You may question why we would bother writing an article on hydration, you just need to drink more water right?
Well for as long as that works for you then yes!
Where hydration principles like the ones we are about to cover become a factor is when your training volume is high, time to get fuids on board is limited and/or when you are training or competing in hot or humid environments.
Now we don’t want to give you a flashback to your school chemistry lessons so I’ll keep this brief and as painless as I can.
“Osmosis describes the movement of molecules through a semi permeable membrane from a high concentration to a low concentration.”
One way to understand the principle is to imagine you go training tonight. You pick up the barbell and you are about to start training, only for 10 people to set up their barbell right next to you! That’s right, in your personal space! Right next to you is a wide expanse of 10 metres of space for you to lift in. Naturally you would move from the area with a high concentration of people to the area with a low concentration.
The movement of water from in your digestive tract to your bloodstream is similar.
When we drink fluids they flow to the stomach. Water is one of the few substances that the stomach can absorb, however, the stomach is not the primary organ for water absorption, most water absorption occurs in the small intestine.
Now, the thing about water absorption is that there are no transport sites on the lining of the small intestine to carry water across the intestinal lining, it just flows by itself.Most nutrients however , do have receptors that pull them through the intestinal lining and into the bloodstream for example there are specific receptors for amino acids, sugars and salts.
Why does this matter? Well, many compounds are co-transported across the intestinal lining.For example, for best absorption the following compounds (in red) rely on another compound (in black) for co-transportation.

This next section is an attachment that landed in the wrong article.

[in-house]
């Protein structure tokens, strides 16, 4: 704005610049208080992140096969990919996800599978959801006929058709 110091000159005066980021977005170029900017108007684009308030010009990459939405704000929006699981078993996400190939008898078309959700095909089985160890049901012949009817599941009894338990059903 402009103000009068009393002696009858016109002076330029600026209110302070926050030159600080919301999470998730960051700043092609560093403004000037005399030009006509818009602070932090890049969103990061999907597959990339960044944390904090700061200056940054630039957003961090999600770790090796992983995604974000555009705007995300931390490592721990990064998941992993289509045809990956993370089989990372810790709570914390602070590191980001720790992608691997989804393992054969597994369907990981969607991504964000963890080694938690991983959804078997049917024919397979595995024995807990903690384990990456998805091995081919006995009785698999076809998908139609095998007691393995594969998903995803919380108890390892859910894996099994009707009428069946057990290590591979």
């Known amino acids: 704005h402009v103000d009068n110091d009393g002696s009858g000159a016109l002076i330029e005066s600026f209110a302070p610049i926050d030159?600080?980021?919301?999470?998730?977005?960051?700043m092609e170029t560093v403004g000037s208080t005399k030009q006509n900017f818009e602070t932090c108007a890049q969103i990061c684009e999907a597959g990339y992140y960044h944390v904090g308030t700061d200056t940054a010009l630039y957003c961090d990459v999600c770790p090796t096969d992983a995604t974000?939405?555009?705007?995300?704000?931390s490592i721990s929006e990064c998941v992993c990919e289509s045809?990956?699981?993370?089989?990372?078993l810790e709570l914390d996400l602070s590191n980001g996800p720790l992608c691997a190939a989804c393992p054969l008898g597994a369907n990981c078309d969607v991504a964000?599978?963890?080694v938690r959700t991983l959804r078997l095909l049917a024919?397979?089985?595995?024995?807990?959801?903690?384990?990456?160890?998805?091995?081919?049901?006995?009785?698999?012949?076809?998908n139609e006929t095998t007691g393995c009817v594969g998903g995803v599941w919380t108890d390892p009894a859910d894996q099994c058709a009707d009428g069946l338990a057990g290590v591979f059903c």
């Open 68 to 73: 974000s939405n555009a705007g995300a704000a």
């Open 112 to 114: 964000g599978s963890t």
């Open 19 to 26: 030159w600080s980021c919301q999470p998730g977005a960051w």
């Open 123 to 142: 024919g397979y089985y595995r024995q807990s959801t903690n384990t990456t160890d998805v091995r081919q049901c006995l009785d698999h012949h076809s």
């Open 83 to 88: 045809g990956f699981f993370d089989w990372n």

Sodium—- Co-transported with —- Glucose
Water—- Co-transported with—– Sodium and Glucose
Sodium—- Co-transported with—- Amino acids
What you may have now noticed is that the compounds on the right are the ingredients commonly found in sports drinks, designed to hydrate you.
Whilst sports drinks seem to have most of the building blocks for good hydration. The lack of amino acids in some brands drinks and the ratio of sodium to glucose can be less than optimal.
If you were to drink some really salty water, lets say sea water for arguments sake, the water would stay in your gut in order to act as a buffer for the sodium.(This occurs because if you were to suddenly have significantly more sodium in your bloodstream you would pull water from your cells in order to buffer the sodium in your blood)
If ever you have been involved in intense physical exercise and then glugged down a salty sports drink you will have experienced a “sloshing around” feeling and it can feel like it wants to come back up!
Here is a recipe for making your own sports drink that will help to hydrate you with less chance of sloshing!
Mix the following and sip throughout your workout;
250ml Fresh orange
½ Teaspoon Sodium Bicarbonate
2 Teaspoons of sugar
The reason this works well is both the concentration within the drink is better but also that it has the 3 co-transporters we discussed namely amino acids, sodium and sugar.
Get on it and get hydrated!